"I was pitching for the Astros when the book came out," says Jim Bouton, "and the San Diego Padres burned a copy of Ball Four in the visiting-team clubhouse so it would be sitting on the floor when we arrived." In the introduction to the current edition of his book, Bouton recalls Pete Rose coming to the top step of the dugout during a game to yell, "Fuck you, Shakespeare!" at the author.
In 1970, 31-year-old knuckleballer Jim Bouton published his diary of a season with the Seattle Pilots (now the Milwaukee Brewers), Ball Four. Everyone had a strong opinion of the book, which was one of the first sports books to tell it like it really was, complete with amphetamine pep pills, "beaver-shooting," clubhouse pranks, quotidian boredom, buffoonish managers and the foibles of real people. Bowie Kuhn, then-commissioner of baseball, asked Bouton to sign a statement shortly after Ball Four's publication admitting that the book was all lies. Bouton -- the fun-loving diarist, the noble iconoclast, the pitcher with a rapidly aging arm -- refused and found himself living the life of a pariah. Despite his banishment, Ball Four became the bestselling sports book of all time.
"You had mostly a sort of milk-and-cookies school of book-writing," says Bouton, who wanted to share the behind-the-scenes shenanigans of major- and minor-league baseball that he thought were so funny. He began taking notes. "I'd write on notepad paper, airsickness bags, cocktail napkins and bar coasters," he says, "and each night talk them into a tape recorder."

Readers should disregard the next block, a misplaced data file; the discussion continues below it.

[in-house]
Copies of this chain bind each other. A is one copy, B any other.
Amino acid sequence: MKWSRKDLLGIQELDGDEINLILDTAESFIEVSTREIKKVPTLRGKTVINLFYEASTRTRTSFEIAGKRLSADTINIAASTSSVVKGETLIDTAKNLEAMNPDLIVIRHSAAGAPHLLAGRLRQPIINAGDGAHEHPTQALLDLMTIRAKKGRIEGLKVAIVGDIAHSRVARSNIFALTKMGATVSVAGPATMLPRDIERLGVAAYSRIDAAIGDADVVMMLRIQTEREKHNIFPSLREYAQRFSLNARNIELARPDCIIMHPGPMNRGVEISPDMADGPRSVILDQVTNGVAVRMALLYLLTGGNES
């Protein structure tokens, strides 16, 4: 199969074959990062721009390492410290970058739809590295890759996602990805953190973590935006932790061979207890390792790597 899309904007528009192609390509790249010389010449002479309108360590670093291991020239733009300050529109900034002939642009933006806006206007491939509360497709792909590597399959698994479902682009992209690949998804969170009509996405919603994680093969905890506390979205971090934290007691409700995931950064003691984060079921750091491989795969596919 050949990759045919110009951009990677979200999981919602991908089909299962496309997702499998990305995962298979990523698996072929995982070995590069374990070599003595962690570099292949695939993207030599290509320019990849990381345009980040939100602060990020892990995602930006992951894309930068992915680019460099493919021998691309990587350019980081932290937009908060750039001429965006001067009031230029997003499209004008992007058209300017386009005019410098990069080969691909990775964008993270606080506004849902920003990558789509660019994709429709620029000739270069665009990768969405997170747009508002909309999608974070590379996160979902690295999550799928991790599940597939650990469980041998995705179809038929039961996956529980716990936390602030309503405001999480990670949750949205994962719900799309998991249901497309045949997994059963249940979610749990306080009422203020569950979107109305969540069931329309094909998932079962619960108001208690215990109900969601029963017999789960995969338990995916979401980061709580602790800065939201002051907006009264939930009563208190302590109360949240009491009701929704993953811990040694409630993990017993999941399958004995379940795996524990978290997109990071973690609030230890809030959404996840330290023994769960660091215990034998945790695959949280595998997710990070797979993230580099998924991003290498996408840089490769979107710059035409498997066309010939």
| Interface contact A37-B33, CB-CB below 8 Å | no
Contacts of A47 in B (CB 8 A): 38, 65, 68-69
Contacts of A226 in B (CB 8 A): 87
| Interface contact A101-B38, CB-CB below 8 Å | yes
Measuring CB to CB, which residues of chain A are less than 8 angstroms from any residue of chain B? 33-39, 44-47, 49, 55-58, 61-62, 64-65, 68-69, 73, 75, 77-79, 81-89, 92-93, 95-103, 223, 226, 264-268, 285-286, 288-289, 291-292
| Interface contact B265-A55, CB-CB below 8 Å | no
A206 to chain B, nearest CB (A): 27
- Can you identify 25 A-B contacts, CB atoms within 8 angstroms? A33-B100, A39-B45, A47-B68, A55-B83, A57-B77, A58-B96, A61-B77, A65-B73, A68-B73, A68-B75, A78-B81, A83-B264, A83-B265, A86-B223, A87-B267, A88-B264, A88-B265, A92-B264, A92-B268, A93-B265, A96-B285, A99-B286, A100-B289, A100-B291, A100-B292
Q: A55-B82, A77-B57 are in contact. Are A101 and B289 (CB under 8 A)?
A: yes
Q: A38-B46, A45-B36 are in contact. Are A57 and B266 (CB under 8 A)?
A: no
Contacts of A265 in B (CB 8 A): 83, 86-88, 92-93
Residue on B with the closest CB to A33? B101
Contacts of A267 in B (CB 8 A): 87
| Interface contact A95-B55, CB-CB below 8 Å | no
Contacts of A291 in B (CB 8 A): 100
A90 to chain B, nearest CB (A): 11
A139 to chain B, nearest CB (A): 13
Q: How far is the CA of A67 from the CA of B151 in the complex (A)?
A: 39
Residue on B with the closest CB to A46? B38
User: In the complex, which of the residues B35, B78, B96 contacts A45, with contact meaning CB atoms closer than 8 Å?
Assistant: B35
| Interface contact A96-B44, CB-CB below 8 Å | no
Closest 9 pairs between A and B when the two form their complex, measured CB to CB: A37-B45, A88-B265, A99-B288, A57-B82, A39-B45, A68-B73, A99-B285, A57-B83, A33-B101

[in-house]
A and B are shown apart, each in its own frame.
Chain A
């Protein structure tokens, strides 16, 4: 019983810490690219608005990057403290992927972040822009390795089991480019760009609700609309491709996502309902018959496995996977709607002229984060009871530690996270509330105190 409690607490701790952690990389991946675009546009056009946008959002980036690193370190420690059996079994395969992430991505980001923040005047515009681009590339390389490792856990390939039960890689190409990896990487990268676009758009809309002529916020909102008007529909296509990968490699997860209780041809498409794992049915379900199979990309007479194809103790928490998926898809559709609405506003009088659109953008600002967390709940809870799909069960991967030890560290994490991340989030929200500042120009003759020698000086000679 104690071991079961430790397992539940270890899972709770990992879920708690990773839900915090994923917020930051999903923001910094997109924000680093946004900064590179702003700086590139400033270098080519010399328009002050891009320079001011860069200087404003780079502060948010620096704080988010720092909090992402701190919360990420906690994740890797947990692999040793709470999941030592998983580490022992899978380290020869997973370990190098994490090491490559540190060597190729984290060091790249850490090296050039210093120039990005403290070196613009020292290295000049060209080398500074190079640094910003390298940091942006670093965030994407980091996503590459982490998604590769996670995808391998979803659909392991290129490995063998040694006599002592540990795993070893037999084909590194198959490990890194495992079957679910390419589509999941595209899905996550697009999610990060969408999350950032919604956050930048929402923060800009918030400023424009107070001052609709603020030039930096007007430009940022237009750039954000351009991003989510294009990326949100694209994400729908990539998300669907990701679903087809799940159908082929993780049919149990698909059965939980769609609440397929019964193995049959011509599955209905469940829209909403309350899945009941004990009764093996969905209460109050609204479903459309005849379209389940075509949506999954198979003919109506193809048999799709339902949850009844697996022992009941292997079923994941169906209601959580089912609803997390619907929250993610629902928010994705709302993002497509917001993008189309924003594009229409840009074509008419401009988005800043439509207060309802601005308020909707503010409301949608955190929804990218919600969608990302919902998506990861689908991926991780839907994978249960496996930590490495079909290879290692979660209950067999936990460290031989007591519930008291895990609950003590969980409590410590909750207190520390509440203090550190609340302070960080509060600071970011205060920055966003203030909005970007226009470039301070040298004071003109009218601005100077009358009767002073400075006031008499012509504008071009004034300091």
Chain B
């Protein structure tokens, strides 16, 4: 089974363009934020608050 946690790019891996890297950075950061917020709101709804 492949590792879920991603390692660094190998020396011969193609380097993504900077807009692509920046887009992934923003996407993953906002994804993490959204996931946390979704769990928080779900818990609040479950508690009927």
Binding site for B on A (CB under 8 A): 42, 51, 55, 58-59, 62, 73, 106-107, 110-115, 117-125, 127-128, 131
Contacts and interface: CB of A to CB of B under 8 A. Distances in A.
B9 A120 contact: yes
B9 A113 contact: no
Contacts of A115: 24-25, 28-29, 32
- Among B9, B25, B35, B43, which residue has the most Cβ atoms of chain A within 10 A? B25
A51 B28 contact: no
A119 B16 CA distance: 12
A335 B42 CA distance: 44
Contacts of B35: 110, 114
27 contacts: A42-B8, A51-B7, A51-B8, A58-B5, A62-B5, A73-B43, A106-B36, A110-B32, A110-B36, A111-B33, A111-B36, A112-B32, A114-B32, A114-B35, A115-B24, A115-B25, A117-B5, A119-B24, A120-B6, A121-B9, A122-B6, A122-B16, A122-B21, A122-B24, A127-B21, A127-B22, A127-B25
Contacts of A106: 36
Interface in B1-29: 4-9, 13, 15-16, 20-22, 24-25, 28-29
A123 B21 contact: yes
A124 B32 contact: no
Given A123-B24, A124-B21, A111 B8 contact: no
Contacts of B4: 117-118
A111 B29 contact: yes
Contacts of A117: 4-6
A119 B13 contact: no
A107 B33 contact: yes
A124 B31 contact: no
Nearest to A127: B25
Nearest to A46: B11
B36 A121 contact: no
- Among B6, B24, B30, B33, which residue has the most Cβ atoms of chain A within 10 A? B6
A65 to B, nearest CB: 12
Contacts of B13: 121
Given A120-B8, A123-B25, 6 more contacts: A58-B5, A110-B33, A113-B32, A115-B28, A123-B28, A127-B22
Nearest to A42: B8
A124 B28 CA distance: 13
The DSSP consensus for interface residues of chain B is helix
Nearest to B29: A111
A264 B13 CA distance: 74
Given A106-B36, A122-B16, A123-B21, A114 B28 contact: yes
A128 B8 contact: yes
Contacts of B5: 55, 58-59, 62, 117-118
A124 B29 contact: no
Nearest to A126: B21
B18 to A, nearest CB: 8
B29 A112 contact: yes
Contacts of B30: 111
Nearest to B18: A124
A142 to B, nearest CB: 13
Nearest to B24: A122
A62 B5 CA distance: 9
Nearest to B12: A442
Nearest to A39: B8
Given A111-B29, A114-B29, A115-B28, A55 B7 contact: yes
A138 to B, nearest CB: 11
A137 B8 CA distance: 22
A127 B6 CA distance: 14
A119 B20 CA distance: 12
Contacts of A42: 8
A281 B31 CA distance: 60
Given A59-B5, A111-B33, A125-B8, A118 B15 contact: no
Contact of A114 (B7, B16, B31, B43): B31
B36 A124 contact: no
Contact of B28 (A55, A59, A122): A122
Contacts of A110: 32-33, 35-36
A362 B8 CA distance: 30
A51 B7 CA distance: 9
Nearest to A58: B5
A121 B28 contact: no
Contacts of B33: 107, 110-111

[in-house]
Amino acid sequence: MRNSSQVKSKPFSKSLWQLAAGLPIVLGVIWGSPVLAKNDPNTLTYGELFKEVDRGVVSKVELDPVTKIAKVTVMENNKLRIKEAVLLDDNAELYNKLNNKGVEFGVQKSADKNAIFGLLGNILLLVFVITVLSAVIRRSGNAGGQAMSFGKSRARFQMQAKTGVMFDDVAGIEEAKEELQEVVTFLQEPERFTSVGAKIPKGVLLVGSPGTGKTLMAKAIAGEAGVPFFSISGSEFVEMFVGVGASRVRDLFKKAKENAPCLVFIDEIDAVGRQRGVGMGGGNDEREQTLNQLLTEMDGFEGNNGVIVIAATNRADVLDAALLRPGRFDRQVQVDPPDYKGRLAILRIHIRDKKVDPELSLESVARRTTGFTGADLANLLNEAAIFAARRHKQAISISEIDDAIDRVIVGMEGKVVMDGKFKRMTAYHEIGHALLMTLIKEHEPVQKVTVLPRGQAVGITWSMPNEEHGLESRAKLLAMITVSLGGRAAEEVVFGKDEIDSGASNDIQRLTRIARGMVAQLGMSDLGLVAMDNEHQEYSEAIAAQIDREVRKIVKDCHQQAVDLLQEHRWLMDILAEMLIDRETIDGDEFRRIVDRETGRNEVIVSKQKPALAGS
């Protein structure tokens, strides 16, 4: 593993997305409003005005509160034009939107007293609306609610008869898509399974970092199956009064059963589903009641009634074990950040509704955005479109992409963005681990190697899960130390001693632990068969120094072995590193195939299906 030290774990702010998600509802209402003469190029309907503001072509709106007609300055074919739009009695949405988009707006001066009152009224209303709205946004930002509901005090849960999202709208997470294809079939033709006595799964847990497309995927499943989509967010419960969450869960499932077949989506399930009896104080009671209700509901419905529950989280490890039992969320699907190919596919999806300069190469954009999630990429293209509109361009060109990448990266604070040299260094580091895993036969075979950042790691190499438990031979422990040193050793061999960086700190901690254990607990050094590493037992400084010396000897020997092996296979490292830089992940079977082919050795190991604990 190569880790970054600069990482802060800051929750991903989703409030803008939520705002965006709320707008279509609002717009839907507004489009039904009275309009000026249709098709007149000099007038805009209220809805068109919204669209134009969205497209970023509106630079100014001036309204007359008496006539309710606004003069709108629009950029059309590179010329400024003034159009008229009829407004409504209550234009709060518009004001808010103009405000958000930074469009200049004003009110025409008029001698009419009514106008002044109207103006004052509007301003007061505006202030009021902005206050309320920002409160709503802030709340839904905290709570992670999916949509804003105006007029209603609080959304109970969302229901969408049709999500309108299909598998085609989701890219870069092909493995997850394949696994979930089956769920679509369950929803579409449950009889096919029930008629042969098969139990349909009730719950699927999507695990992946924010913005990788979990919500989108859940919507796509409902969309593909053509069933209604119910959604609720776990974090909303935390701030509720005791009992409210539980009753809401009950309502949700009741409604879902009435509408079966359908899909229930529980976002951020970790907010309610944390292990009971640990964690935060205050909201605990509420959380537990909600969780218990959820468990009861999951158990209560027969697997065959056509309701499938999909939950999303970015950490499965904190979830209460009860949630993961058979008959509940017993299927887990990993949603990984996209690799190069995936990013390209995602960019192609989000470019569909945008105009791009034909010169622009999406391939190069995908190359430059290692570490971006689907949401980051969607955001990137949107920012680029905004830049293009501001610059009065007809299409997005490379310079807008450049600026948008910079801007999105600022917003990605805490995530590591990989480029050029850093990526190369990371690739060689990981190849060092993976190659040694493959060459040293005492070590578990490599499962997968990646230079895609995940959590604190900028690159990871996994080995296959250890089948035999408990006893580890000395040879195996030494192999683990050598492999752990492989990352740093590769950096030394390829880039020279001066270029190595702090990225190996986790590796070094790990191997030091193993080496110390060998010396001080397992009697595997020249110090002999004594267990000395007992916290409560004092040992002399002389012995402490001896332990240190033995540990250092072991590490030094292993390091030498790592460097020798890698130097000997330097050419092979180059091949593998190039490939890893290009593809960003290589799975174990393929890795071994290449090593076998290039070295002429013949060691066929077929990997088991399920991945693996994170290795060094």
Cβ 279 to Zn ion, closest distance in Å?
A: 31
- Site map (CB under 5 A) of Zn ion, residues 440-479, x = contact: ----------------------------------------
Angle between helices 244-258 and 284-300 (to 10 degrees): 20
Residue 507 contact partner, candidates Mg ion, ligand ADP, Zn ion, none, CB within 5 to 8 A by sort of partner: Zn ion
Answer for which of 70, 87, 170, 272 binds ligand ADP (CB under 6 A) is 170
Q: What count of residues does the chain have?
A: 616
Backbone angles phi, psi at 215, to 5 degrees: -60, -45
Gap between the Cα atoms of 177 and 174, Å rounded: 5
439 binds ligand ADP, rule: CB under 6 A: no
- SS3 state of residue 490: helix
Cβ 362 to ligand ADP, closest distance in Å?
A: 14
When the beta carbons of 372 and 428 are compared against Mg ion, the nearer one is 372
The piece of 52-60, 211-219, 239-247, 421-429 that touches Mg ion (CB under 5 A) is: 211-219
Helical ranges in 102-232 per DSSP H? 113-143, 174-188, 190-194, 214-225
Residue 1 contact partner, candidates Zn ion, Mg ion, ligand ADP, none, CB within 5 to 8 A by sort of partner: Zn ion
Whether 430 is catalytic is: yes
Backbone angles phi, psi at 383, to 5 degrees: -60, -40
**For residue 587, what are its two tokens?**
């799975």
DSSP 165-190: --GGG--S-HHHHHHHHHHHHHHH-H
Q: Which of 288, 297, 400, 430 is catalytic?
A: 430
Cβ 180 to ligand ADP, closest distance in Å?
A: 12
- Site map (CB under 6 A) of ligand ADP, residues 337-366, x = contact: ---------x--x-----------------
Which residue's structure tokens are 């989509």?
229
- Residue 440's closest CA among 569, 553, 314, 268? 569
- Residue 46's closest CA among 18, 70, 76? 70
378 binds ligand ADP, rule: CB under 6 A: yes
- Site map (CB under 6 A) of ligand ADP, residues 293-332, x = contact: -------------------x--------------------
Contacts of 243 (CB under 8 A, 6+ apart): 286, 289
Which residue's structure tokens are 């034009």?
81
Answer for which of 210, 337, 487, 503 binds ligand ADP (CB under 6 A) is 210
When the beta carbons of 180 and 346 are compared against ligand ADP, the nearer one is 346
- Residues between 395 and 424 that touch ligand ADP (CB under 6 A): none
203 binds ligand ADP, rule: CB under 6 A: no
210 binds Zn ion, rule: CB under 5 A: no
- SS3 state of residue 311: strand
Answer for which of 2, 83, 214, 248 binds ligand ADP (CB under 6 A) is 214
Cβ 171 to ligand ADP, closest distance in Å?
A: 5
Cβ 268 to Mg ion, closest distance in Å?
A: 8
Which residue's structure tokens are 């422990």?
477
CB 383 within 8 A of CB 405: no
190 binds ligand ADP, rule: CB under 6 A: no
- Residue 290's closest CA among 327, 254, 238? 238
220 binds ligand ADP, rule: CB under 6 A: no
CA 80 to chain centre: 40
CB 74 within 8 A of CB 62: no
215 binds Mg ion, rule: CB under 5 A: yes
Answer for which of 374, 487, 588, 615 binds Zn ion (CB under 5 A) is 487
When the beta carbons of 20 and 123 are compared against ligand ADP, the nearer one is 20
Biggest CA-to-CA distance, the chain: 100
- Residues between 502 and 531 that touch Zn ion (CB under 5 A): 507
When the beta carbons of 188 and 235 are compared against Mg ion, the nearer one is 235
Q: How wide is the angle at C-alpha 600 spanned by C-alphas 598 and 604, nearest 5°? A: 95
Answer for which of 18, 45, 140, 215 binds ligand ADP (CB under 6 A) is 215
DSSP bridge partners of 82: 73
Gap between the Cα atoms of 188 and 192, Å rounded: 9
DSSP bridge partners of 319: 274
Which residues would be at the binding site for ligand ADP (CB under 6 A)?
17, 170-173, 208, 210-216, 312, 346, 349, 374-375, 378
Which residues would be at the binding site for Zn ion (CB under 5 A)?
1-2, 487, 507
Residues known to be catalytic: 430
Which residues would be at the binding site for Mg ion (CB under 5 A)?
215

The book is still hilarious. The main avocation of the players was "beaver-shooting," developing ever-more-elaborate systems to look up the skirts of comely female fans. One player carried a drill on the road for use on dugout and hotel-room walls (giving the term "Knothole Gang" a whole new meaning).
More significantly, the book revealed just how hard it was for players of the era to make a living. The owners, who could be skinflints, had particular advantages when it came time to talk contract. Portions of Ball Four were entered as evidence at the 1975 Andy Messersmith trial, which gave rise to free agency.
Bouton won two games as a Yankee during the 1964 World Series (which the Cardinals eventually won) and says, "One of my fondest memories is of hanging around the lobby of the Chase Park Plaza Hotel the night before Game Six. I also remember the great Cardinal lineup with [Julian] Javier and [Dick] Groat and Bill White and Ken Boyer and Tim McCarver."
Bouton, who is also the inventor of Big League Chew shredded bubble gum, has written the third and what he claims will be the final epilogue to the book, detailing the unusual newspaper piece that led the Yankees to invite him to an old-timers' game after decades of blackballing; a recent personal tragedy; and his views on the state of the game.
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